The Contingent Economy and the Autistic Creatives Collective

Former California Employment Development Department Director, whose newest book is The Autism Job Club (with R. Holden).

In the 1990s, Donald Cohen was one of the early researchers and explainers of California’s emerging contingent economy. As this economy grew over the next two decades, he sought to go beyond research, to create mediating institutions helping Californians navigate the movement away from full time employment. This past
Saturday he addressed our monthly meeting of AASCEND, the Bay Area adult autism group. And he told the following story, about one of the mediating institutions he is now helping to create, the Autistic Creativities Collective.

He started the story with his own son Colin (above), now 27. Colin was diagnosed as being on the autism spectrum at a young age. He graduated from the San Diego School for Creative and Performing Arts and in 2011 from the University of California, Santa Cruz, with a degree in Film Production. Like most California adults on the autism spectrum, the hard part came after formal schooling, finding a place in the work world.

Donald saw incolin-wolverine-300x225 Colin an interest in and affinity for writing, especially in the sci-fi and fantasy genres and in video game development. He encouraged Colin to start writing, and Colin did so, with short stories, movie reviews, blog postings on rock bands, poems. Colin currently has a website, Fishes and Cherries (www.fishandcherries.com), that aggregates these writings.

Donald notes that “Colin has an amazing mind. He can create worlds and write complex stories with multiple chapters in his head – and remember every detail about every character and every scene he creates. He leads a group Role Playing Game where he plays 500 characters while the others in the game play one or two. He can tell you about each of the 500 characters without referring to notes.”

Making any type of career in writing, game development or the creative arts is very difficult for any Californian today; the competition is so intense, the ratio of the number of applicants to available opportunities so high. For many adults on the autism spectrum, the difficulty is increased by limited executive functioning skills—the skills of marketing themselves, hustling assignments, organizing time.

Most of us who are parents in AASCEND have encouraged our adult children on the autism spectrum to pursue creative endeavors, but as avocations. At AASCEND we have established our own television show, art group with Creativity Explored, and reading group. But we have steered our children to nine-to-five jobs (when they can obtain them, which is still a big challenge).

Donald (below) however thought that Colin should pursue his creative interests as a vocation. He encouraged him to write and work with a writing coach. He also set out to create a mediating structure that would help Colin and others in the adult autism community navigate the contingency and insecurity in the creative arts.

cohen

“I set out to research the creative arts workplaces in California as I would research other economic sectors. I spoke with as many employers as I could in book publishing, filmmaking, comic book publishing. I started with personal contacts and built on these contacts. I found out the location of a major comic book publisher in Berkeley, and went without an appointment (the elevator was locked).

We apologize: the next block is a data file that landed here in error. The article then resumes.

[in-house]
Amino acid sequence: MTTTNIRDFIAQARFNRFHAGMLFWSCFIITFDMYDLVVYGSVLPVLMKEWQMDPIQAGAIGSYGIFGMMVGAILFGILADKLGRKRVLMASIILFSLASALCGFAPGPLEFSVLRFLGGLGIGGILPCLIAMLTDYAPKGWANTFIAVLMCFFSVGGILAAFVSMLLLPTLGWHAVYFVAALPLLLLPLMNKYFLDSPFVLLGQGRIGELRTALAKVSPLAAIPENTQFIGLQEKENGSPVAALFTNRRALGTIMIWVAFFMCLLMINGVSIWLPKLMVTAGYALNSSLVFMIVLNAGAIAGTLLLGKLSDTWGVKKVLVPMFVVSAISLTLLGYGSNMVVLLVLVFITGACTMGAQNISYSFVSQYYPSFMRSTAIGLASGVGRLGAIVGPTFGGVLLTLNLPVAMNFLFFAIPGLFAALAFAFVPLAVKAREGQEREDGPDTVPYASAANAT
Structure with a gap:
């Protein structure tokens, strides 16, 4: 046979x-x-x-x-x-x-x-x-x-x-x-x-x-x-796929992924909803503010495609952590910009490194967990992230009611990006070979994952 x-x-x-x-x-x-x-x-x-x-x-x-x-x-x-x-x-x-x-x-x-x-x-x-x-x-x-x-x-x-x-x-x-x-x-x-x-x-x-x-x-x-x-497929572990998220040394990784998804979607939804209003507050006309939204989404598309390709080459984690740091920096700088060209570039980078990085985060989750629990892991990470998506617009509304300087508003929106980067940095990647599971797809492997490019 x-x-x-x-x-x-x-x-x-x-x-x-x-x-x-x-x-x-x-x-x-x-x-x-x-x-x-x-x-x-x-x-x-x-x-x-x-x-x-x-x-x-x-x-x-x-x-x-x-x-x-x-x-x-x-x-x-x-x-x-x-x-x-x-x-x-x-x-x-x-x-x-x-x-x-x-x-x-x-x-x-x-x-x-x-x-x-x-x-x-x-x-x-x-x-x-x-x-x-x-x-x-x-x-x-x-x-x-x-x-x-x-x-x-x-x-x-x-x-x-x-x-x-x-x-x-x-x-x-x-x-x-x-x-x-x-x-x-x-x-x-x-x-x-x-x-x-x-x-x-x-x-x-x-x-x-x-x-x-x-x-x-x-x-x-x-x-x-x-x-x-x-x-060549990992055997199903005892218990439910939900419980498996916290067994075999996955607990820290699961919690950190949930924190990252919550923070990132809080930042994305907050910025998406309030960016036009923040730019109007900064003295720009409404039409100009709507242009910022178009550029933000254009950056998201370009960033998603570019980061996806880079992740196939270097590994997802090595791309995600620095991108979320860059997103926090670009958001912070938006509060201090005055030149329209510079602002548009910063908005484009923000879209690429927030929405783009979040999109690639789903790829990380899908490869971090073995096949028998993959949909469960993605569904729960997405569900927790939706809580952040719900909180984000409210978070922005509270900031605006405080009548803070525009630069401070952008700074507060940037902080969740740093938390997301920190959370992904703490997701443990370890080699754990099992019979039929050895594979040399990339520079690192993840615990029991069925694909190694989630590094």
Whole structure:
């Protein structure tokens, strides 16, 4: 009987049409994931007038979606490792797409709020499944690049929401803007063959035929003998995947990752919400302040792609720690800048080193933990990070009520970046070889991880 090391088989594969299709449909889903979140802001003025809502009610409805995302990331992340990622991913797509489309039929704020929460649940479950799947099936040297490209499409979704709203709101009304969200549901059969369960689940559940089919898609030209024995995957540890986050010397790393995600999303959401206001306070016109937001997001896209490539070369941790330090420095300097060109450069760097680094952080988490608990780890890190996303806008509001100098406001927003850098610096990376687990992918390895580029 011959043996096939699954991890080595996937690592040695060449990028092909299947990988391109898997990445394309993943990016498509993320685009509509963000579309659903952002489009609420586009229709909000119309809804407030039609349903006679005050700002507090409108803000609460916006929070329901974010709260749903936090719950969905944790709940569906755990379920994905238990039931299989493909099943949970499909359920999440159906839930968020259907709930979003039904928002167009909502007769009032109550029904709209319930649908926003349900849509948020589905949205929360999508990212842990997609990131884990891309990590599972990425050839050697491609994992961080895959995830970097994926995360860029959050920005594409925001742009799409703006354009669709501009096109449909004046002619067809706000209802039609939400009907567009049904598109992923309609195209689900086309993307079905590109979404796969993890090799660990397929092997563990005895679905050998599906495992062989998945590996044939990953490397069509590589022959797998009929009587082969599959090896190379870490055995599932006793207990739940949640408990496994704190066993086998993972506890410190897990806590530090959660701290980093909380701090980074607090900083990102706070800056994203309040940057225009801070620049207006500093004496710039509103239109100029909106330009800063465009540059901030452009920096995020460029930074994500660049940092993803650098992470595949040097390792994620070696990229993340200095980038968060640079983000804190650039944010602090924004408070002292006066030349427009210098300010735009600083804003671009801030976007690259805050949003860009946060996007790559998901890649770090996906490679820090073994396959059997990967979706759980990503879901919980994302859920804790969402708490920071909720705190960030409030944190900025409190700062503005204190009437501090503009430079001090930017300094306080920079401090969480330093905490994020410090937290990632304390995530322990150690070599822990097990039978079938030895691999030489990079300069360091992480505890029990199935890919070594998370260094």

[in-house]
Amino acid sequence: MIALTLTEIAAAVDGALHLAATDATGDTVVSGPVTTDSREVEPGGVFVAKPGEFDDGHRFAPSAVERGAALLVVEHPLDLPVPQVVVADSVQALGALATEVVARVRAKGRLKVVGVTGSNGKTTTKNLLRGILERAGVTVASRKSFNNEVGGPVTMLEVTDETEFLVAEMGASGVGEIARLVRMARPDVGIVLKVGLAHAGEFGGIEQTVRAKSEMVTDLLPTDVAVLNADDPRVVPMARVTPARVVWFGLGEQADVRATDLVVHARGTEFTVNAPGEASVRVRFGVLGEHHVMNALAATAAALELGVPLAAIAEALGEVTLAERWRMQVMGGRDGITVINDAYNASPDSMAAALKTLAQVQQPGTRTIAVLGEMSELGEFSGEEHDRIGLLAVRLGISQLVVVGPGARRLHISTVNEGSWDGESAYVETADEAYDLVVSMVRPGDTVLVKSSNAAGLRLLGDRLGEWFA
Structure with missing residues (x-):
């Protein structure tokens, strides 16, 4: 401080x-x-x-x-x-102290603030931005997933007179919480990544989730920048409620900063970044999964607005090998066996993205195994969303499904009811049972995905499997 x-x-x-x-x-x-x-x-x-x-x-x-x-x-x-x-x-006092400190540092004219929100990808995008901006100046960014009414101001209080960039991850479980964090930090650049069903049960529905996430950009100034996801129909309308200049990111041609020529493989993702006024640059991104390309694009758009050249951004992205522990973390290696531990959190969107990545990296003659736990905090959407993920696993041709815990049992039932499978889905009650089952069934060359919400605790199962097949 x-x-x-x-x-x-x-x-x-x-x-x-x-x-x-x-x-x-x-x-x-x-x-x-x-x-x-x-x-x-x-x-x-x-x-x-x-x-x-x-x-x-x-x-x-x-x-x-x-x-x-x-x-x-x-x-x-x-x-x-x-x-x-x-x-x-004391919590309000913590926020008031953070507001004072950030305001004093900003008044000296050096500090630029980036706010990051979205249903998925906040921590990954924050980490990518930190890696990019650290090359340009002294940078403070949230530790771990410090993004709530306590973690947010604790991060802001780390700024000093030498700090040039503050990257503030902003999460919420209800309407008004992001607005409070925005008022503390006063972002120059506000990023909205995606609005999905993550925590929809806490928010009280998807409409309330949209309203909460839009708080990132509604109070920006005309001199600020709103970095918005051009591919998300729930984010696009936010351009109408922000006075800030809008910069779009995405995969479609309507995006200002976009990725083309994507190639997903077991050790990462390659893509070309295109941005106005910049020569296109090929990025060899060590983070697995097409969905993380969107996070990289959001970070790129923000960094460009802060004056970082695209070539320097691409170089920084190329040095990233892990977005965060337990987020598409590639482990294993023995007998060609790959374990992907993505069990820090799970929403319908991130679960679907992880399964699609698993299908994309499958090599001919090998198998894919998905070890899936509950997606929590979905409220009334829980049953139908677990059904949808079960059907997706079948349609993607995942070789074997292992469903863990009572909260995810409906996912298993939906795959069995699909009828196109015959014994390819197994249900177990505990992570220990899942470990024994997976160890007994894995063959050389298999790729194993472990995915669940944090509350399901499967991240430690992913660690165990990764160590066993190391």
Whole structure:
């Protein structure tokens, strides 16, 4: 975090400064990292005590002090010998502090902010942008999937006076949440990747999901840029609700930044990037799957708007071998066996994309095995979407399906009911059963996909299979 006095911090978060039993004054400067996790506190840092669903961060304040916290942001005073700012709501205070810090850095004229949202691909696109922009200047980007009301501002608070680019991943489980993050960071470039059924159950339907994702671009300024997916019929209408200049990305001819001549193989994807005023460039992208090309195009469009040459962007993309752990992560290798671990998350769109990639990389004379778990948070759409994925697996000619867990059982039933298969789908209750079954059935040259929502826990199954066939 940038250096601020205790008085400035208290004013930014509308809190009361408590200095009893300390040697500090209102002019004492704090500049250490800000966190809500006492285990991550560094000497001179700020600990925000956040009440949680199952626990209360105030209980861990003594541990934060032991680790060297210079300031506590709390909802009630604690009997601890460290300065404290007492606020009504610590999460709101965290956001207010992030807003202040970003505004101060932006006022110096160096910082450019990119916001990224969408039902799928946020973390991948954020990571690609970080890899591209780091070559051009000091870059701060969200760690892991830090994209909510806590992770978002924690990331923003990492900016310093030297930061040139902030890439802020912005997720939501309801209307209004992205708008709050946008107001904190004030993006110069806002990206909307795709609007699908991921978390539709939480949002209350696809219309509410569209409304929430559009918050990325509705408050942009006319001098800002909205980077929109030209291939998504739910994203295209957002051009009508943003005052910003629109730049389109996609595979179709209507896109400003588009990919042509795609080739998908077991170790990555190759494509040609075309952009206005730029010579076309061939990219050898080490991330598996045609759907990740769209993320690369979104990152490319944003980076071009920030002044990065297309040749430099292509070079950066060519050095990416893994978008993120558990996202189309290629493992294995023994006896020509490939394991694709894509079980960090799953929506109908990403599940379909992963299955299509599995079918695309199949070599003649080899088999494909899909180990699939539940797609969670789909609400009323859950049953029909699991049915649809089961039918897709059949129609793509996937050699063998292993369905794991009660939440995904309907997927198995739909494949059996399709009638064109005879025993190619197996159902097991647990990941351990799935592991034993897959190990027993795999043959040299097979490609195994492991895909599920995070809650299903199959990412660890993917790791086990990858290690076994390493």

“In all of these contacts, I asked ‘What’s not being done’. I tried to find where might be the competitive advantage of Colin and others in the autism community, and what gaps we might fill.” How could an aspiring writer get in the door in filmmaking, or get on a project? What type of assignments were available in the video game field, and how were they given out? How could artists or musicians monetize their work, or link up with others to monetize their work?

Whenever AASCEND has a discussion topic relating to arts, video games or sci-fi/fantasy, a good turnout results, and we had over 50 persons in attendance at this meeting. Most of those in attendance were involved in some creative pursuit (or had a family member involved in such pursuit) and were floundering in marketing their talents.

AASCEND is the anti-bureaucracy; if someone has an idea, we try to implement and learn as we go; and that’s what we did on Saturday. Several approaches were put forward, for us to join with Donald. Camilla pointed out that any mediating structure needed to be more than a website featuring art or music by persons on the autism spectrum, since there were already numerous ones in operation (including the excellent California-based, the art of autism). Keith agreed and thought that autistic creatives could best benefit from direction in how they could market themselves. Anlor suggested contacting Dr. Hackie Reitman, whose new website, DifferentBrains.com is becoming a clearinghouse for neurodiversity employment projects. Ray offered to research other websites in the creative economy.

By the end of the meeting Keith and Lynn (Colin’s mom) agreed to head a group of volunteers to test an Autistic Creativities Collective, a group effort to help creatives function in the contingent economy. First steps included immediate posting on the AASCEND website to seek artists for the Collective, identifying potential volunteer mentors on such topics as self-publishing, and sketching out a plan to monetize the Collective.

Small steps, but perhaps this is how an economic collective might start in the contingent economy.

Originally published March 1, 2016 in Fox and Hounds.

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